Far Out says cinematic history has been made by Brit Riz Ahmed who has become the first Muslim nominated for ‘Best Actor’ at the Oscars.
The Oscars made Amazon production Sound of Metal a major talking point as the film has been nominated for 6 Oscars – Best Picture, Best Actor, Best Supporting Actor, Best Original Screenplay, Best Editing and Best Sound.
In the 93-year history of the prestigious Oscars, Ahmen is the first Muslim actor nominated for the big prize.
“If there’s a way in which people can find themselves in this moment, and can feel inspired and connected on a deeper level, I’m all for it,” Ahmed told Deadline about his history-making Oscar nomination.
“Whether they see me as the first British Pakistani or the first guy from Wembley, you know, there’s so many ways to view it. But as long as it feels like an opportunity for more people than ever before to really connect and feel included in this moment, that’s a blessing.”
Ahmed, speaking on the nominating of nine non-white performers across the four acting categories, said we should scratch culture so that its big enough and wide enough there’s space for all of us to find ourselves in it.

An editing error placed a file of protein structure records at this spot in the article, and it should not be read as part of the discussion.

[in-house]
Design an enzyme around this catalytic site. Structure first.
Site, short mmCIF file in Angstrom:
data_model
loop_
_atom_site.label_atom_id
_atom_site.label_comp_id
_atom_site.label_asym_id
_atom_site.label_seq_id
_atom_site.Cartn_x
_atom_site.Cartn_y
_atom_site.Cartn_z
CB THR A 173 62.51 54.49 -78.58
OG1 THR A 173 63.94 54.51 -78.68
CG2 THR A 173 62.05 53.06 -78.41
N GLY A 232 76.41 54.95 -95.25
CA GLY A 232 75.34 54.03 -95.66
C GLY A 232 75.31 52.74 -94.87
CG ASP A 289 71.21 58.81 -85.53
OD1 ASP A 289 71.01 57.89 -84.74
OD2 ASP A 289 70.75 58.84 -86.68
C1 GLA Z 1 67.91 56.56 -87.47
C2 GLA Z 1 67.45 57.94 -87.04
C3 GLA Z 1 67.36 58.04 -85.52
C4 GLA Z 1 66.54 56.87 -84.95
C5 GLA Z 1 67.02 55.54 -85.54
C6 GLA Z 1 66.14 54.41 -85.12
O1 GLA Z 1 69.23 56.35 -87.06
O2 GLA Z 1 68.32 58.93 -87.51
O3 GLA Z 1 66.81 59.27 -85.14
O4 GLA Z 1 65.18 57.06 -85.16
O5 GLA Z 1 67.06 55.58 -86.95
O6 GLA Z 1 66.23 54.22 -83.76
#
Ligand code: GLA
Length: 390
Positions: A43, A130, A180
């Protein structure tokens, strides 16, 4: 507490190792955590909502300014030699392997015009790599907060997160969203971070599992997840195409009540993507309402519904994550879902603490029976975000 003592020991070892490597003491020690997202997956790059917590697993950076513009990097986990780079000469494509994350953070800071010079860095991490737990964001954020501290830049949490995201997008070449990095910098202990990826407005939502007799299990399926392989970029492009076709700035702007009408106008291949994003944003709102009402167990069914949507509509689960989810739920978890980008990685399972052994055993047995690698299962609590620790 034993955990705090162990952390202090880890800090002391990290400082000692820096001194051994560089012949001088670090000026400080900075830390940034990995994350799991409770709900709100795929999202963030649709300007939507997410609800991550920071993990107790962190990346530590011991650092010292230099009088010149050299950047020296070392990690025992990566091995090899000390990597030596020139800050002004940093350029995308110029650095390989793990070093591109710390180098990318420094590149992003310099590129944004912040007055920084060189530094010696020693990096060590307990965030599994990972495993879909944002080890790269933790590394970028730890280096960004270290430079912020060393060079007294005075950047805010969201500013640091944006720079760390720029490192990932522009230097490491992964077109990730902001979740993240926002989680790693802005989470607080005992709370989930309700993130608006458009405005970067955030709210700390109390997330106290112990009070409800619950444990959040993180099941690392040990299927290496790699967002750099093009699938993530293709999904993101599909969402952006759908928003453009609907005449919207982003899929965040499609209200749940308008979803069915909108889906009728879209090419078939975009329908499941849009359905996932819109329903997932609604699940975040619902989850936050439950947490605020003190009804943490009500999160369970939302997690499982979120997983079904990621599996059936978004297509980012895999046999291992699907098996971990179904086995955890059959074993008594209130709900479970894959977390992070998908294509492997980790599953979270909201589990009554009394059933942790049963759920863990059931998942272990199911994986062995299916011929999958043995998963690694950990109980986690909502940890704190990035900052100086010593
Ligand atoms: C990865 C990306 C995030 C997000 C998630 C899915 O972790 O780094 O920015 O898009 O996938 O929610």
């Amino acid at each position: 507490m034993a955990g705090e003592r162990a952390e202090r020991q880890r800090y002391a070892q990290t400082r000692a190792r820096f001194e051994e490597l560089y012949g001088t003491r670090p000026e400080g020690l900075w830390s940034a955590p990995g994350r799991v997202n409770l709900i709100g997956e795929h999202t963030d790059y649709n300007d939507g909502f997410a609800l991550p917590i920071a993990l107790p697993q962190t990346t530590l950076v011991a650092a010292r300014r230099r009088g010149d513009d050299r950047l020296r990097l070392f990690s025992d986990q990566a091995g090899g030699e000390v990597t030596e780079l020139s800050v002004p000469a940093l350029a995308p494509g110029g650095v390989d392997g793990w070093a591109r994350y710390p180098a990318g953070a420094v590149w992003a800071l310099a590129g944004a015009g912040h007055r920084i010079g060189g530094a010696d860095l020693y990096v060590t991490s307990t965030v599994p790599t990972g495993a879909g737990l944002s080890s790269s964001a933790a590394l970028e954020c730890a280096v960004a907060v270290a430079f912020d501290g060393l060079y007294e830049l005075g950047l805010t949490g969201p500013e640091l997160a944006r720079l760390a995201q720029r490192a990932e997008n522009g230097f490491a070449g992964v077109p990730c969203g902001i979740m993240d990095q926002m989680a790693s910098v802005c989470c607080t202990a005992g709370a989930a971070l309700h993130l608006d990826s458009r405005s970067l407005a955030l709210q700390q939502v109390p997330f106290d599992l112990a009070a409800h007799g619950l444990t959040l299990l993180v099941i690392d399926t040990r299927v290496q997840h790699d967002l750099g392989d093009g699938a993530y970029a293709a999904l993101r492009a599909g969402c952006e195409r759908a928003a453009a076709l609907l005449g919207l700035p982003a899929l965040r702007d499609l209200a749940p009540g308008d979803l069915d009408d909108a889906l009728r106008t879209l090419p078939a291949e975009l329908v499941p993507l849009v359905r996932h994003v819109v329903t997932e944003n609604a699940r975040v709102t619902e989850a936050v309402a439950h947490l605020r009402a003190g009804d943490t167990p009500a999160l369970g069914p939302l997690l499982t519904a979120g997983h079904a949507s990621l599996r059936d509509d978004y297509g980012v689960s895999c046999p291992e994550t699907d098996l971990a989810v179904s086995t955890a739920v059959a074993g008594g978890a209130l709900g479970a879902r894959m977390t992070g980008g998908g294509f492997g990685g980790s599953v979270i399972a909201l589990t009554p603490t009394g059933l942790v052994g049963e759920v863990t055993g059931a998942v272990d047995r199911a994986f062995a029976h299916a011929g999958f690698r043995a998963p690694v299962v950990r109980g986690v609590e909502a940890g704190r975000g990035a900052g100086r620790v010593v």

It’s something which allows stories and storytelling to get back to its original intention, which is to embrace all of us.
Speaking in an official statement released to the press, Ahmed continued his sentiment, explaining: “I’m honoured to be nominated by my fellow actors alongside such inspiring performances, and am grateful to the Academy for their support and encouragement. I’m equally thrilled for our visionary writer-director Darius Marder and the brilliant Paul Raci, as well as our editor Mikkel, sound designer Nicolas, and co-writer Abe Marder. These nominations represents the time, generosity and talents of so many — all of our incredible cast, crew, producers, and in particular I’d like to thank my mentors in the drumming, addiction recovery, and D/deaf communities.”